A site to behold
Despite it being aimed at kids, we managed to get so involved with environmental awareness website www.envirospellathon.com that we whiled away several hours of office time (don’t tell the boss) playing the interactive games, while at the same time actually learning quite a bit. Using cartoon characters, the site highlights contemporary green concerns without leaving you feeling like you might as well give up all hope and drown yourself in the rapidly rising tide. The activities and education sections are all aimed at age-specific groups, ranging from simple animal facts and games for six-year-olds to practical tips for 12 to 13-year-olds on encouraging schools to recycle. There is also a guide to local wildlife and cards containing their key info, which younger children can print out and play with.
While we were researching this feature, we just couldn’t stop questions flying into our minds. It struck us that if we were puzzling over them, you might be too, so we got digging. Here’s what we found…
Why aren’t solar panels used more? We live in a desert, for goodness’ sake.
Regional managing director of PTL Solar Prabissh Thomas says, ‘Dubai offers one of the world’s cheapest utility tariffs – plus going solar is a long-term commitment, and many expatriates consider their life in Dubai as a stop-gap arrangement.’
He continues the slightly depressing explanation, ‘With current conditions, it would take around 15 years to make up the installation cost through utility bill savings.’ If this doesn’t put you off, check out www.ptlsolar.com.
There was talk of a recycling park being built in Dubai, which was due for completion some time this year. What happened to that?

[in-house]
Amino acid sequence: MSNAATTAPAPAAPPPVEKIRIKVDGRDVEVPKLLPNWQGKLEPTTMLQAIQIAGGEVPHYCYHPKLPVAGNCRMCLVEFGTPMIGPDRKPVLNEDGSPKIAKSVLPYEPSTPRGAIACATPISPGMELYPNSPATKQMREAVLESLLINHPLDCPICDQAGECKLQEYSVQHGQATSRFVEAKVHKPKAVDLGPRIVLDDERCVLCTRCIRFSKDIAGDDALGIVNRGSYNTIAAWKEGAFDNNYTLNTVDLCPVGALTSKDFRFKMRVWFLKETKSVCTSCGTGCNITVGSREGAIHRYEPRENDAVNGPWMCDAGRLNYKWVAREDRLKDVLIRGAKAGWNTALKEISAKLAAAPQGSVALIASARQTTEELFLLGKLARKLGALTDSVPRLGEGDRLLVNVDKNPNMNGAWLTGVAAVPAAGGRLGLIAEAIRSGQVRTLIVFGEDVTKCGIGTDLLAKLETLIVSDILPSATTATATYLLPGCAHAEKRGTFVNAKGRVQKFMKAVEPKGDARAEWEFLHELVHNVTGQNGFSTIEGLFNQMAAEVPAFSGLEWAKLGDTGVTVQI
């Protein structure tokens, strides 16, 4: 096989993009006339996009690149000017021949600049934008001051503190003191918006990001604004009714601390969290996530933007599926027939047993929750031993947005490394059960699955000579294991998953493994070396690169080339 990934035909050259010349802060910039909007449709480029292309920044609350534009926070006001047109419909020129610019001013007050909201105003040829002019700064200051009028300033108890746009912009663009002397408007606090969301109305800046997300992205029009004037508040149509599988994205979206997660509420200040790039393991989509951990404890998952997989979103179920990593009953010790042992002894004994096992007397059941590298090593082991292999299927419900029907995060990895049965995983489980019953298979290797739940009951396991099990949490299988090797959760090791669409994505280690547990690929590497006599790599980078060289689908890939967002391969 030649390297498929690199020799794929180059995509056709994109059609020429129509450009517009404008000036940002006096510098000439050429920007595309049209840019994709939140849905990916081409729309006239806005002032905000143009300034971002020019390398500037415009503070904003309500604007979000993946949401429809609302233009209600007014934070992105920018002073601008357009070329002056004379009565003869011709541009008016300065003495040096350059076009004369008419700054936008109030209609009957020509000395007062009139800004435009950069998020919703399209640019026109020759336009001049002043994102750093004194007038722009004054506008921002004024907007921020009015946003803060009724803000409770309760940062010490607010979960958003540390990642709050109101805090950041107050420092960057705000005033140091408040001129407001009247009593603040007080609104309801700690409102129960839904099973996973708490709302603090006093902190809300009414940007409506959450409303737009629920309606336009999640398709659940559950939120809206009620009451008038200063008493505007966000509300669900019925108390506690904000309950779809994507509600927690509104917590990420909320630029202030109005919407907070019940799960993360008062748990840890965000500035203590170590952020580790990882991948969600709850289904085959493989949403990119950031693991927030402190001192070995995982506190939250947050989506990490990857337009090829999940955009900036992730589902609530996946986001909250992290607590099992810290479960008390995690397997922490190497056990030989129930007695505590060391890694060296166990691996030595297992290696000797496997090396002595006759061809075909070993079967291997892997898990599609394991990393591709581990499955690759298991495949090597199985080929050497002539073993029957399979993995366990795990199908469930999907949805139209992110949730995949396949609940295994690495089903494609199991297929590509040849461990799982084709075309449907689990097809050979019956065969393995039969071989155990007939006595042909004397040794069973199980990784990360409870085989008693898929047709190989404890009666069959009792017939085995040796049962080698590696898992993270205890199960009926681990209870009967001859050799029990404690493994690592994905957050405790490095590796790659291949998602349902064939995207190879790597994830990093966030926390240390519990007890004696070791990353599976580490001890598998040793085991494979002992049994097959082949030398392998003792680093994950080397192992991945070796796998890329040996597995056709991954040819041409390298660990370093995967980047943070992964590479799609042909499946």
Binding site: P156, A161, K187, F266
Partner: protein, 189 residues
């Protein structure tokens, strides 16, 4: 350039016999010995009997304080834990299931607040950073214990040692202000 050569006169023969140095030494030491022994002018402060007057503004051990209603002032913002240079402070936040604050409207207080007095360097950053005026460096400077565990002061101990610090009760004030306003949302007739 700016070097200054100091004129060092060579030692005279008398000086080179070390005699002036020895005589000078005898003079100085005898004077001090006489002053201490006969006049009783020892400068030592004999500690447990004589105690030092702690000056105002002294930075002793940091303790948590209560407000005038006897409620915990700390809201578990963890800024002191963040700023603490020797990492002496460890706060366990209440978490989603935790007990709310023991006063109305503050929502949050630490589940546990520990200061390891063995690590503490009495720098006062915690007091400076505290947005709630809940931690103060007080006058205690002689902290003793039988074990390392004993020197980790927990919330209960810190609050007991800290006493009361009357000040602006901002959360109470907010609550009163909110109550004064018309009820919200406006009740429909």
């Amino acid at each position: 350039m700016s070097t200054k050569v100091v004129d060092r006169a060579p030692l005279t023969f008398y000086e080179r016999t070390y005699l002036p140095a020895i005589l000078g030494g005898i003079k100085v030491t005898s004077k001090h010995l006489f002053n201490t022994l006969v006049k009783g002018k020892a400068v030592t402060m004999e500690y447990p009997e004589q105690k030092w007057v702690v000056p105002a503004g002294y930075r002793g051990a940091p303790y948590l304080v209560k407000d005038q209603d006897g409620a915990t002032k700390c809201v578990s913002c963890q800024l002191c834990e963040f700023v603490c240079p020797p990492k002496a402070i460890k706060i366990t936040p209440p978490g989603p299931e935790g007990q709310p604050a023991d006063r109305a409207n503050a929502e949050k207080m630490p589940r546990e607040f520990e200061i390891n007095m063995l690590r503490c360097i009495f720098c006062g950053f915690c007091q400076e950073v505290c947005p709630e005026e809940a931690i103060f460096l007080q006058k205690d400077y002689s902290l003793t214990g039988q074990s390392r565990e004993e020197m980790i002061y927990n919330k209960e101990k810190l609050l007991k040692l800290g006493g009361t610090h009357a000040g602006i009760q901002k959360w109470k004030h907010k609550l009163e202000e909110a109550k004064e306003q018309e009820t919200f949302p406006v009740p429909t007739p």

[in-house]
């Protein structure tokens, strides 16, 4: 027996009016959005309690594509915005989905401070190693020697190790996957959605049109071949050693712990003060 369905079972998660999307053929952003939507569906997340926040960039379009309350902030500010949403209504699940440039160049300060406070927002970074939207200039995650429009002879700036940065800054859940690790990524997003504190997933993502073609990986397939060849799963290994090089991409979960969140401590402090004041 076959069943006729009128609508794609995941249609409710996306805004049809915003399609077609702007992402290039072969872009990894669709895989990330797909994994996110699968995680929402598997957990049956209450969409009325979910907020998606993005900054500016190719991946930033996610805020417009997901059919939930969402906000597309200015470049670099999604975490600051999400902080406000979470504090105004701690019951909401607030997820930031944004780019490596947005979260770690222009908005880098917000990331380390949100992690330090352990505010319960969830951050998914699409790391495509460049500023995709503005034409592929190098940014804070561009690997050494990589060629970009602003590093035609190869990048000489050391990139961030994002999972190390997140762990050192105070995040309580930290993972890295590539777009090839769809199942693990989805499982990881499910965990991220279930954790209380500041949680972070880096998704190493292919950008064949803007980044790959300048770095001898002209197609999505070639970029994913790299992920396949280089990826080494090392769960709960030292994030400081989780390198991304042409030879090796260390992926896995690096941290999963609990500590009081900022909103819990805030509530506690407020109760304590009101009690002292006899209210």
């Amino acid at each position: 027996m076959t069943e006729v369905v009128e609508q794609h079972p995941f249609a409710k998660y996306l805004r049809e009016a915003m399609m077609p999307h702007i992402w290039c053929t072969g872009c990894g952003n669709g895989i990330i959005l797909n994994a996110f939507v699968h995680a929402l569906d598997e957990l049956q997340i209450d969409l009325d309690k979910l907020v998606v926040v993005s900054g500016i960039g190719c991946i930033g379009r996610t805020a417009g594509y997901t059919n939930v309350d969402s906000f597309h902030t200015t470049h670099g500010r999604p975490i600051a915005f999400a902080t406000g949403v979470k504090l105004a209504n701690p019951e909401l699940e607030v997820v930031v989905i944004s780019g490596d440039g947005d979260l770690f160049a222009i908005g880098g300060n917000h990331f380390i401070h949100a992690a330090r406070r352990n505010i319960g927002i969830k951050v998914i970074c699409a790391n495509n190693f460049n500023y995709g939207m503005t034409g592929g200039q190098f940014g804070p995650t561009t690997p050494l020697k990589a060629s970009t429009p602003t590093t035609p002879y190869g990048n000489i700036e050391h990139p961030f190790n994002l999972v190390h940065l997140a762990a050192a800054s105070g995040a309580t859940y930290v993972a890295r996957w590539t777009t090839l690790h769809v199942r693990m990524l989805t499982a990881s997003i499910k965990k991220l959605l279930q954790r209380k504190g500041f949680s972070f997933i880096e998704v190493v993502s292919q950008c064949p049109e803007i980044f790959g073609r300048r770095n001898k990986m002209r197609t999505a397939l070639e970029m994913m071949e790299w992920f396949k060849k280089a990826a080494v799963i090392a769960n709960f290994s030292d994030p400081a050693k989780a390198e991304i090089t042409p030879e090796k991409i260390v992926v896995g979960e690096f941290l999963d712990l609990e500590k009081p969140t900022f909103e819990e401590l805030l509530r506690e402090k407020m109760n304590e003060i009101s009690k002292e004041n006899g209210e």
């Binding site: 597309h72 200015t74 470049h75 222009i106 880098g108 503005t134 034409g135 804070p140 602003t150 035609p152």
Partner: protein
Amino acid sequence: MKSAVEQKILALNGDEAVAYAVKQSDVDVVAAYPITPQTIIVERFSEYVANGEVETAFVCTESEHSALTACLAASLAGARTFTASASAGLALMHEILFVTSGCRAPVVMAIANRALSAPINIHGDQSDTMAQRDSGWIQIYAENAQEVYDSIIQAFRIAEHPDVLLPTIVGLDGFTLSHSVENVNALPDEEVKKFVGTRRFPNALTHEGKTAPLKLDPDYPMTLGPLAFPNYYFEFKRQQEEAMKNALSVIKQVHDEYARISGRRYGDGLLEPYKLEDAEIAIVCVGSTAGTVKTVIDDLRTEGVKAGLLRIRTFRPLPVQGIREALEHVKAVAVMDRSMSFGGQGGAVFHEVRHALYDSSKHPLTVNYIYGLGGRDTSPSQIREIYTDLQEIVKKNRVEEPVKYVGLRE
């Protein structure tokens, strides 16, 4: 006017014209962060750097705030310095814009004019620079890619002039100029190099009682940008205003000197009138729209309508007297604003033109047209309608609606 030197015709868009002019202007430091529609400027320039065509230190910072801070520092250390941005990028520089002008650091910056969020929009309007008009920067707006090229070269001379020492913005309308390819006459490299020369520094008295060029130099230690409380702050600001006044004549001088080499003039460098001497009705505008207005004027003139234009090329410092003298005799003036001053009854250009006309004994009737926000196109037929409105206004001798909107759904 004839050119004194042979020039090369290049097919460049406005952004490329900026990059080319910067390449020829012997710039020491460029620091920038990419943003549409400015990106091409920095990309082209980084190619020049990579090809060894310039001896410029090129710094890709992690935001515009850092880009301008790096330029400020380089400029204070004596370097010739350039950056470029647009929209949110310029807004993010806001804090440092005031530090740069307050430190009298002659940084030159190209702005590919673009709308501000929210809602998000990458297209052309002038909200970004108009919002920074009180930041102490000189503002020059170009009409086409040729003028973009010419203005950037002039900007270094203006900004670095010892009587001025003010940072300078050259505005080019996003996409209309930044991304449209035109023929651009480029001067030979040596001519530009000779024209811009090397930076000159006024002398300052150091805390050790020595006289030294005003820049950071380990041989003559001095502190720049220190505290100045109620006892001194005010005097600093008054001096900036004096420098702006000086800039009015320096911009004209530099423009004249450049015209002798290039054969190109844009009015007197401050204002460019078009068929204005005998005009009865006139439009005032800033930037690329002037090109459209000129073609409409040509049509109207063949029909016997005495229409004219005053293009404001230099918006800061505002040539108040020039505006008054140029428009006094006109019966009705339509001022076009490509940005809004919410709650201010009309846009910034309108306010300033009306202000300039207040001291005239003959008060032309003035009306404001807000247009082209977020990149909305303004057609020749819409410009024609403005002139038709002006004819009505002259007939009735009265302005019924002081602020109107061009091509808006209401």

‘The EnPark is going ahead slowly but surely,’ says Stuart Fleming, CEO of environmental awareness group Enviroserve (www.enviroserve.ae). ‘I don’t know what the expected completion date is, but Sharjah is forging ahead with a recycling plant, too.’
Why do we need to save water when there’s a continuous water cycle throughout the world?
Because we live in such a dry country, our water is sourced from the sea. It’s stripped of salt and other nasties at desalination plants, a process that uses a tremendous amount of energy. Dubai’s demand for water increased by 10 per cent last year alone. This excessive level of consumption is simply not sustainable.
We all know we should recycle, but where can this actually be done?
They’re easy to miss (after all, how exciting can a bin really be?) but there are recycling points all over the city. A few places we’ve spotted include Spinneys branches, bus stops, the basement car parks at JBR, Knowledge Village, Safa Park (the top left spot by Al Wasl Road), West Zone supermarket in Satwa, and the entire length of Jumeirah Beach Road. If you know of any more, let us know at email@example.com.
What happens to the stuff we recycle?
‘The recyclable waste that is collected by Emirates Environmental Group (EEG) is taken to recycling factories in the UAE,’ says Habiba Al Marashi, the company’s chairperson. ‘Different materials undergo different processes: for example, paper is turned into locally made cardboard boxes and tissue boxes, while all glass goes into the manufacturing of new glass, which, again, is done locally.’ She continues, ‘All aluminium cans are used to make new aluminium products, and plastic is ground into small granules, which are either used locally to make buckets, combs etcetera, or sent to China or India for recycling.’